Literalism and theological progress

Q. (Aug. 26, 2013) Someone wrote the following: I was reading about the perception of Bhaktivinode Thakur's essay on Bhagavata. Some people view this book as his preliminary view before he became uninitiated and still engaged in a somewhat empirical mode of thought, or at least influenced by such things. However, they say, he subsequently abandoned all these views and believed in the traditional version of shastra and literal interpretations. I just wanted to know your opinion on this issue? Do you think did he abandon his previous views because of peer pressure of identifying with traditionalists? Christianity has always made non-literal interpretations for a long time. However, theistic Indic traditions have difficulty doing that. Right? 

A. Did I mention ruchi and vichara pradhana? Bhakti-sandarbha 202, I think. Sooner or later, you have to get back to ruchi.

At a certain point, one's innocence comes back. One suspends disbelief where disbelief is not necessary. That is the point of vichara-pradhan.

When you go to a movie, you don't ask yourself, "Is it real?" You know it is not. It is bracketed outside the immediate necessity for verification. Its verification is in a different realm of your psyche. Not that it will not affect your perception of "reality", but in that moment, you are there, not here.

Mysticism is a chosen realm of perception, which is inwardly confirmed through spiritual practices and experiences. When you are satisfied with this view through experience, your reasoning becomes focused.

Q. Christianity seemed to be more liberal in using the ideas of myth like you do, but traditionalists don't understand things in the way you are explaining, which is Jungian. Why this fear?

It is a fear mainly of impersonalism. They think that if I don't accept the concrete reality of the myth, then I am denying the reality of God himself.

Christianity is still conflicted, as you have a sizable portion of literalists in the fundamentalist circles, who cause a great deal of trouble. Islam is also very reluctant to go outside of literalism. Pressure from Islam also affected Hinduism to respond tit for tat with a similar literalist approach in the subcontinent. Generally Hinduism is a lot more suspicious of the reality of reality, though there is little doubt that the religious elites felt that literalism is easier for the non-intellectuals.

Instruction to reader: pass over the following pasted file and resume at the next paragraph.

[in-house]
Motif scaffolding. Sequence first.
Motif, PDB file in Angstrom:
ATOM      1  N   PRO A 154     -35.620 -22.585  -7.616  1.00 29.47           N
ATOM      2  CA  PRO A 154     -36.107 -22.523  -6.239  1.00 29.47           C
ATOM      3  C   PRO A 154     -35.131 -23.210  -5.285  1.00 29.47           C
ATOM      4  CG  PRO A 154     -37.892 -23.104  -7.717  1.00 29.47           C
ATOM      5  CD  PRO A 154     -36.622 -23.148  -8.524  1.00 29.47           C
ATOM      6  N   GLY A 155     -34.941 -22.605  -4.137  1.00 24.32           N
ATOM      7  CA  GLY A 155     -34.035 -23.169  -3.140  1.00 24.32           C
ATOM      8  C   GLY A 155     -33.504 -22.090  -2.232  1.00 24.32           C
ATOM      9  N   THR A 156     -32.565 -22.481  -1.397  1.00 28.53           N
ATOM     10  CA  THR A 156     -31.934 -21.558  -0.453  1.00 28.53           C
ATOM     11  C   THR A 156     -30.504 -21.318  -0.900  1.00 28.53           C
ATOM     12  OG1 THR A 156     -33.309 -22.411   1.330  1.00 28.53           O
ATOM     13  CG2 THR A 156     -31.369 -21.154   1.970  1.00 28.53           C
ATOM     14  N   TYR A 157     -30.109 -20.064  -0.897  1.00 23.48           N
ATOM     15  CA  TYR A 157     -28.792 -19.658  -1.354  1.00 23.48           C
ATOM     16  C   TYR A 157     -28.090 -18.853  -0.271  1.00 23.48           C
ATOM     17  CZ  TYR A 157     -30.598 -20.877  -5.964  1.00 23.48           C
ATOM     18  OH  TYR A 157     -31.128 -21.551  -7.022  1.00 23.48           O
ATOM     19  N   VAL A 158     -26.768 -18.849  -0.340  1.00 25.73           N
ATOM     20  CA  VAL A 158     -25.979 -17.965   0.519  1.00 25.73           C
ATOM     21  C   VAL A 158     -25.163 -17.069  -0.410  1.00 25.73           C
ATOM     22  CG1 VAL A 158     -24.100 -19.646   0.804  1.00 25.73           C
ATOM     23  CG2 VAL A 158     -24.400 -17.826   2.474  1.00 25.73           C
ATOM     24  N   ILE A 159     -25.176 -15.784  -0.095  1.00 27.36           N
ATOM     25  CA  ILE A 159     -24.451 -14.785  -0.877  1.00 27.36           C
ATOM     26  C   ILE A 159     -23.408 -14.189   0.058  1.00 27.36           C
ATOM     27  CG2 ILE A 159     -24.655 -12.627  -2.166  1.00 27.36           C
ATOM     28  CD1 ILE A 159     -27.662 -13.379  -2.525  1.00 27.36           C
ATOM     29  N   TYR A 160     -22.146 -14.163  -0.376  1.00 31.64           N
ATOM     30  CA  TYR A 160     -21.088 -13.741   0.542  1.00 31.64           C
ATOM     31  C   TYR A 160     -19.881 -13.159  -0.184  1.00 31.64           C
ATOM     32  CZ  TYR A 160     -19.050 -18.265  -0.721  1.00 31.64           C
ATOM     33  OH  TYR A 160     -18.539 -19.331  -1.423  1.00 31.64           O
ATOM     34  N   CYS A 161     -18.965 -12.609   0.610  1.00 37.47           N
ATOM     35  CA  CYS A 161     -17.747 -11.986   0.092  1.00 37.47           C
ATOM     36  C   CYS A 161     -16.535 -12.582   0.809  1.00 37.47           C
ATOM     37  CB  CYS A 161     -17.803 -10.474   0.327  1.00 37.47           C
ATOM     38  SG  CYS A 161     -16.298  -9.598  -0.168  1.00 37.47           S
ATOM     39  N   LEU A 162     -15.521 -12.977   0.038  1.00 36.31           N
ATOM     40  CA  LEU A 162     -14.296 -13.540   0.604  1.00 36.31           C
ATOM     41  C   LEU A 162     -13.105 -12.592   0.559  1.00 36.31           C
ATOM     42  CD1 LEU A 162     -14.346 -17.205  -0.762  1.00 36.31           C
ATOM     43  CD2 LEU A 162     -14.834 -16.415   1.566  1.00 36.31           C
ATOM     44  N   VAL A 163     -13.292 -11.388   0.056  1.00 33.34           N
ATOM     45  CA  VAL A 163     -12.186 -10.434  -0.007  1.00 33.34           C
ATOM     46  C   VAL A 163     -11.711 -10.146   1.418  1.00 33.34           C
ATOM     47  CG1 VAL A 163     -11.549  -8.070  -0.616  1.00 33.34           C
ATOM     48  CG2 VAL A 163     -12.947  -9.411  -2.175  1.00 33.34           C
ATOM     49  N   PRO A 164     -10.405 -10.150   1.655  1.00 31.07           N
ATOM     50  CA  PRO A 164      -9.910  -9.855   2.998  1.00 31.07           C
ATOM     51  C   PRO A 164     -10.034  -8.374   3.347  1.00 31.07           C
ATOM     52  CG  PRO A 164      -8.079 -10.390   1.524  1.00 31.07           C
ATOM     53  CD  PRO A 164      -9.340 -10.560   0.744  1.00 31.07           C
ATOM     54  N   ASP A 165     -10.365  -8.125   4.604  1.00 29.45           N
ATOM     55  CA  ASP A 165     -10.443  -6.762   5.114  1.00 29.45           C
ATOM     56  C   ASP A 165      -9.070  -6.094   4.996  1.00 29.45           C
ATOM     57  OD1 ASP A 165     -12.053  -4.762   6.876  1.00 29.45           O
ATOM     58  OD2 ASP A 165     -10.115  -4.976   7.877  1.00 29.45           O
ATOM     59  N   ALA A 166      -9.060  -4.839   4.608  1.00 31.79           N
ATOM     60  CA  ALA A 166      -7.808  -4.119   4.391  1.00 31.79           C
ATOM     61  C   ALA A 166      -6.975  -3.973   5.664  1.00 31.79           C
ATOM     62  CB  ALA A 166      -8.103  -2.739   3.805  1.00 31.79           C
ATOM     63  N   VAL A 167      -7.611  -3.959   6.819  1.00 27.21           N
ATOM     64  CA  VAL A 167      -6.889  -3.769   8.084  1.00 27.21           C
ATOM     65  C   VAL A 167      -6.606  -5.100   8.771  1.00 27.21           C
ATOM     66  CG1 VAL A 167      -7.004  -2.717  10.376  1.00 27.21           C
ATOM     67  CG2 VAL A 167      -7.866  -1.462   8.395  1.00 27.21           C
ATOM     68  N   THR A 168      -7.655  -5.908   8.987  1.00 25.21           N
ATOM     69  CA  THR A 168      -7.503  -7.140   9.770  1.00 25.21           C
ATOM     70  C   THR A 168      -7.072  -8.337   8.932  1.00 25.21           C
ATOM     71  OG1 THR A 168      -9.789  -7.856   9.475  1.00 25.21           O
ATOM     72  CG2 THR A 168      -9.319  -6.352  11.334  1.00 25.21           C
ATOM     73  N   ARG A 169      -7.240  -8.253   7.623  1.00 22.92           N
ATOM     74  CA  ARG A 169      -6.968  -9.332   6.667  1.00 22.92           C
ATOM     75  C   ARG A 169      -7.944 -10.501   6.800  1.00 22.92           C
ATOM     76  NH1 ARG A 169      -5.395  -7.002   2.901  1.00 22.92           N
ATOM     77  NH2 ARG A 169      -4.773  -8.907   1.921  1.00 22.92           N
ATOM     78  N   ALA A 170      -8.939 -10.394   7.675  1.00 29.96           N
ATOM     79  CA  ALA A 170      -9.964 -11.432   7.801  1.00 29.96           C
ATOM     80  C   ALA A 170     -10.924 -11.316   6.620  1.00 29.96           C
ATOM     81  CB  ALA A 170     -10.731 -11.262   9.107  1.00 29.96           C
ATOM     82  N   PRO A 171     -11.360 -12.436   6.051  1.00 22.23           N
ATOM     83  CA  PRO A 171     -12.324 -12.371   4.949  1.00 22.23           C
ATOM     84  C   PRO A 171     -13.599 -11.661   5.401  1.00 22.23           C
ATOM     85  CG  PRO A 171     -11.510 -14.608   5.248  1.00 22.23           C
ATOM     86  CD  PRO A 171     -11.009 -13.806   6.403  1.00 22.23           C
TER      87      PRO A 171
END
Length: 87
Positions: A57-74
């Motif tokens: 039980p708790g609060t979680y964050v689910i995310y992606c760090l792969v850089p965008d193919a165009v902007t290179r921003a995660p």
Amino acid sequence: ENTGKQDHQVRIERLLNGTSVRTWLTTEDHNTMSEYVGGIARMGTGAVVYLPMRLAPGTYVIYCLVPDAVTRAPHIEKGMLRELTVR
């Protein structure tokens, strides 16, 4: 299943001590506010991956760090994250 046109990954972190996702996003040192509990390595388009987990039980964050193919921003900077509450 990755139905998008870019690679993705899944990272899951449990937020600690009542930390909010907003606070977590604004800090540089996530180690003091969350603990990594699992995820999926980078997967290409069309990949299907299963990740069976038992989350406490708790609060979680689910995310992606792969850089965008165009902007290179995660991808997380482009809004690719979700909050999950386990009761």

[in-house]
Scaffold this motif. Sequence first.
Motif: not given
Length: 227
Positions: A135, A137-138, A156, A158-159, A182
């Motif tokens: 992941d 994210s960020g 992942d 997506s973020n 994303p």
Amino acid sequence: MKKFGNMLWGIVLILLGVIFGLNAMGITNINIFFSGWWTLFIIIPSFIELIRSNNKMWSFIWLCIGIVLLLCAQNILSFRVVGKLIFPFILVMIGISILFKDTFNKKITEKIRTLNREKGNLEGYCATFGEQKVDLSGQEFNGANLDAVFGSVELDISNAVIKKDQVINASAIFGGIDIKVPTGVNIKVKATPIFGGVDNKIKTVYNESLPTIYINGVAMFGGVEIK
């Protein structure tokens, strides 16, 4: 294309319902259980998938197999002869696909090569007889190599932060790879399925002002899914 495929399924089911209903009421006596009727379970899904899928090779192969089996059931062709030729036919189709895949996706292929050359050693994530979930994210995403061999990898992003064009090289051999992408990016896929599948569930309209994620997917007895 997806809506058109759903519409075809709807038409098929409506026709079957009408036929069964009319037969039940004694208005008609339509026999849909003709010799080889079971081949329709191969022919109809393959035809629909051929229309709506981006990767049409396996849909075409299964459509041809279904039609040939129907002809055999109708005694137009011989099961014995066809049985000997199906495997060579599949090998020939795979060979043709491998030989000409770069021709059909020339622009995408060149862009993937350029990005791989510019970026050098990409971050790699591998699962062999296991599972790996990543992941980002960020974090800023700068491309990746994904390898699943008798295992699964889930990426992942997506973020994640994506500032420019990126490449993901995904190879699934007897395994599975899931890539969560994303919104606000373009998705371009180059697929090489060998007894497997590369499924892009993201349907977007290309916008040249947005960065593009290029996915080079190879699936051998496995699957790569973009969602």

Many foolish Hindus today think they have to compete on the platform of historicity, rather than simply saying, "Mohammad and Christ are also myths." History is mostly myth, though it has a perceptible kernel of historical fact. See my "History is Bunk" article on the blog.

Earlier Hinduism seems to have been a lot more lighthearted about its myths, explaining the fluidity of mythical themes in India. Haridas Shastri is also openly adopting and preaching this approach.

"Mysticism is a chosen realm of perception, which is inwardly confirmed through spiritual practices and experiences. When you are satisfied with this view through experience, your reasoning becomes focused."

Therefore we can say mysticism is a belief, a film-way looking at things, because through such experience we see things differently than what they appear in the objective world, where we all share common laws of nature. We find proofs for our film-like views in all unexplained spectacles before our eyes, but as long as they remain unexplained.

No wonder seers of old lived in a world of film-like wonders because most things around them remained unexplained for thousands of years. Their basic elements were fire, air, earth, water, but today they are hydrogen, helium, oxygen, etc.

They had no real words for archetypal values, for complex feelings, states of mind, etc. But they had governing deities for each, and deities were personalised as their feelings and natural forces were, and in time became very complex. They had no idea about inner workings either of their bodies, mind, or the nature. It was all vis major, divine spectacle.

Hence their experience is not based on their experience or perception as we understand it today, because we have also learned how to radically challenge certain views (that alone came with a great price to be paid in terms of human lives lost). But in their world, they've based all on their previous knowledge about things and accustomed perceptions (which remained unchanged for quite a while).

Those are two different things, because their perception was heavily filtered through the 'smriti' part of perception: what they knew before their experience. That was important because it provided the fundaments, a vertical stability needed for the cohesion of the small society to grow, in face of the mysterious, big unknown all around it.

And yet, for all our knowledge and wisdom, we still have things we don't know. And we always will.
And we are still in a "film reality" only the content has changed. Bronislaw Malinowski long ago challenged the idea that primitive man had only a magical way of looking at the world. He said that they recognized certain areas were outside of his control. Like, let's say, tornadoes. But when it came to building an outrigger to go fishing, then he applied practical or scientific/technological experience, etc.

Religious thinking may become more sophisticated in the face of the modern reality, indeed it must, but one has to recognize its correct psychic realm.


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